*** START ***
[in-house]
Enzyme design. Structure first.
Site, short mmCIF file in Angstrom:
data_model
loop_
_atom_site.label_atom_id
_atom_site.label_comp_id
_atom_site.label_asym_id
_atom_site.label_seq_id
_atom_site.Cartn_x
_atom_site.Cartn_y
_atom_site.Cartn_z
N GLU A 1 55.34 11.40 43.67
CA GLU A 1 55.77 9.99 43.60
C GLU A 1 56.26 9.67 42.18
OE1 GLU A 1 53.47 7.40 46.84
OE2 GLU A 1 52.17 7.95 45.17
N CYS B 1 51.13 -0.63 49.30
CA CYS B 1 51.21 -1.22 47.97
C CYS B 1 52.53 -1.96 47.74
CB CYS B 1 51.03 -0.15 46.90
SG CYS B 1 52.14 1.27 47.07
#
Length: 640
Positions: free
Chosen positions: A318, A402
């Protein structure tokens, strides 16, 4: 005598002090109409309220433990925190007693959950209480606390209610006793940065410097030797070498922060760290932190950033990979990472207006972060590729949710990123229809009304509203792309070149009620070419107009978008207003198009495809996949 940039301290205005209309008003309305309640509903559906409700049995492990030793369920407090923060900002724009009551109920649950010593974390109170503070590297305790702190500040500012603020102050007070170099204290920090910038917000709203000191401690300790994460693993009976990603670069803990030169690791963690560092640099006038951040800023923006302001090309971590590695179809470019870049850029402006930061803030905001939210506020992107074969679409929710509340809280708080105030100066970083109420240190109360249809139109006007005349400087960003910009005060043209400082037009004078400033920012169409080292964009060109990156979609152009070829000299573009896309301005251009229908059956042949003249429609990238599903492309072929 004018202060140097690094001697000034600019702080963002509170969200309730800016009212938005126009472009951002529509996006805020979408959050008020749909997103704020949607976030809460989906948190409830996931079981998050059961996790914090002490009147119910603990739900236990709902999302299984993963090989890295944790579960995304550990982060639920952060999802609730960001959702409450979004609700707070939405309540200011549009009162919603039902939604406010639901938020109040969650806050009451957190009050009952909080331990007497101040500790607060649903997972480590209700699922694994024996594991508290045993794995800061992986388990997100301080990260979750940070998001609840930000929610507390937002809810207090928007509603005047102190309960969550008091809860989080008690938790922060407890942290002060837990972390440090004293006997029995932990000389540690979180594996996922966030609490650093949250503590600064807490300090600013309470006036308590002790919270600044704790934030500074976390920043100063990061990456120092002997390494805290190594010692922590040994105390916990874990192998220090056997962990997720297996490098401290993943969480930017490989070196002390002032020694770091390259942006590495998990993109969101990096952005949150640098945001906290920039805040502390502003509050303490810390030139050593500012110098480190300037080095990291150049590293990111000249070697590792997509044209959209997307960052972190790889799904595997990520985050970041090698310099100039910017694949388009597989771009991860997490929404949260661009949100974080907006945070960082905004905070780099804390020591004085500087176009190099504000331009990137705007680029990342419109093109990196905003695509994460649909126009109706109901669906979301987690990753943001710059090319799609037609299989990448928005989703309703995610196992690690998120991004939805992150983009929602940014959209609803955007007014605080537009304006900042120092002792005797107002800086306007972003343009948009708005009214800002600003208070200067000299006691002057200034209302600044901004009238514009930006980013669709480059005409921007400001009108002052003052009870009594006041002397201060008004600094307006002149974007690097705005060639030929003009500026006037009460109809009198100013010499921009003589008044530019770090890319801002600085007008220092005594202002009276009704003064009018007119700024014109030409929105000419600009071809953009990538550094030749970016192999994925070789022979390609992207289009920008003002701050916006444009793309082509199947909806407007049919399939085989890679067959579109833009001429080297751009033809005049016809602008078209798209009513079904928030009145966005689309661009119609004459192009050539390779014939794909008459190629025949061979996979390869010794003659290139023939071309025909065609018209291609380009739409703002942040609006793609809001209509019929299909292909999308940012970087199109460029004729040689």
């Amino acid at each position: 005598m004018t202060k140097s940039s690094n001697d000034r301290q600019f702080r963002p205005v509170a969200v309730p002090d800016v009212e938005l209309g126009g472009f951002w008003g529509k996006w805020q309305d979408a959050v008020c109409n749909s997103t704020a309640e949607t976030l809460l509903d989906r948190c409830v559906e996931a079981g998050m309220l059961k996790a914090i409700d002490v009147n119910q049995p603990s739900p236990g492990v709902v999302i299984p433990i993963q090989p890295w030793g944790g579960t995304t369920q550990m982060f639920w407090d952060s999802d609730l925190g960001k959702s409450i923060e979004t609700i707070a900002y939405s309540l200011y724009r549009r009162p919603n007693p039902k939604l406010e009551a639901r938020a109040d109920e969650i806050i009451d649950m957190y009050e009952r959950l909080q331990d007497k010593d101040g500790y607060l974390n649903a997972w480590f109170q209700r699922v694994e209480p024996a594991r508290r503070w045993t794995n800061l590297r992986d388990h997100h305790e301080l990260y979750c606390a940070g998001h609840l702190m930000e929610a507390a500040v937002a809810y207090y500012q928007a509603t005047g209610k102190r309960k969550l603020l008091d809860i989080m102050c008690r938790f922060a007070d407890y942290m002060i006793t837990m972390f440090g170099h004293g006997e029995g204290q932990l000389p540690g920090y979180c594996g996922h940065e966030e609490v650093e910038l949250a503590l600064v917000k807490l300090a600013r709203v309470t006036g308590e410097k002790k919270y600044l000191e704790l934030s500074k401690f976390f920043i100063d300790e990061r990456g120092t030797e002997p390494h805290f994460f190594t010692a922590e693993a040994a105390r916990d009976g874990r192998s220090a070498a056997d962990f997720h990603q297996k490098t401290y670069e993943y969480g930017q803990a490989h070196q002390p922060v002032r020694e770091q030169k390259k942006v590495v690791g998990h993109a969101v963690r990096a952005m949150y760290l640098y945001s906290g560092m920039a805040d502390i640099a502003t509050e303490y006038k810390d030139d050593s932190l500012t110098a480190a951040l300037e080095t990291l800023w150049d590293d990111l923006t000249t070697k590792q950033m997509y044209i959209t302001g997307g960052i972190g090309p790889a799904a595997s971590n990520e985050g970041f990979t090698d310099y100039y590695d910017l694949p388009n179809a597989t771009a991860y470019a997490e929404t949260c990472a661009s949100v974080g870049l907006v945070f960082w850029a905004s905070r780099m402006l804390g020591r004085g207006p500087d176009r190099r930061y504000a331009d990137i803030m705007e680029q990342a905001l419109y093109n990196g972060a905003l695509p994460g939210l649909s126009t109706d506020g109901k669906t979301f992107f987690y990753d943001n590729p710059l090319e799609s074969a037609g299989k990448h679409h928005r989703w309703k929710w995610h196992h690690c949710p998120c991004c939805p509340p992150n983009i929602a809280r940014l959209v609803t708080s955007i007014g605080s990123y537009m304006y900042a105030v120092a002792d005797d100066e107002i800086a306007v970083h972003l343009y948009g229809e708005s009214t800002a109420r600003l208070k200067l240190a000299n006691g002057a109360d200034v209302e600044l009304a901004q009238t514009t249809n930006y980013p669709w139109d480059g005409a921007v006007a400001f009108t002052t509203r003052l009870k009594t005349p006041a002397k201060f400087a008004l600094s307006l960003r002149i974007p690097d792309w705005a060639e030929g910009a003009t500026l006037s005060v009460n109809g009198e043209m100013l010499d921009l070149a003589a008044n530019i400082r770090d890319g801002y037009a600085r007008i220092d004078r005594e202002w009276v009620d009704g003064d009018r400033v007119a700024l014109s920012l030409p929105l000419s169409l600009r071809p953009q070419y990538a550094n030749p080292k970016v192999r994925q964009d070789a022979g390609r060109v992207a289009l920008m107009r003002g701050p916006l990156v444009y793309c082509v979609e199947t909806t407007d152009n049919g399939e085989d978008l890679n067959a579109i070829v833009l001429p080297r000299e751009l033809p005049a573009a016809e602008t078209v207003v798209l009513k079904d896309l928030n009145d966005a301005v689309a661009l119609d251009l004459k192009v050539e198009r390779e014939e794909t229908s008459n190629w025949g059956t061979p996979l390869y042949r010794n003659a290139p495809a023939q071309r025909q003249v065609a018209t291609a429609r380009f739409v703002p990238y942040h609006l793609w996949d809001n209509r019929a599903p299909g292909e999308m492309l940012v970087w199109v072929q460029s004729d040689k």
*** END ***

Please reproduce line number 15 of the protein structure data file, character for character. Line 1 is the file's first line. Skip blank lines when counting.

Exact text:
C GLU A 1 56.26 9.67 42.18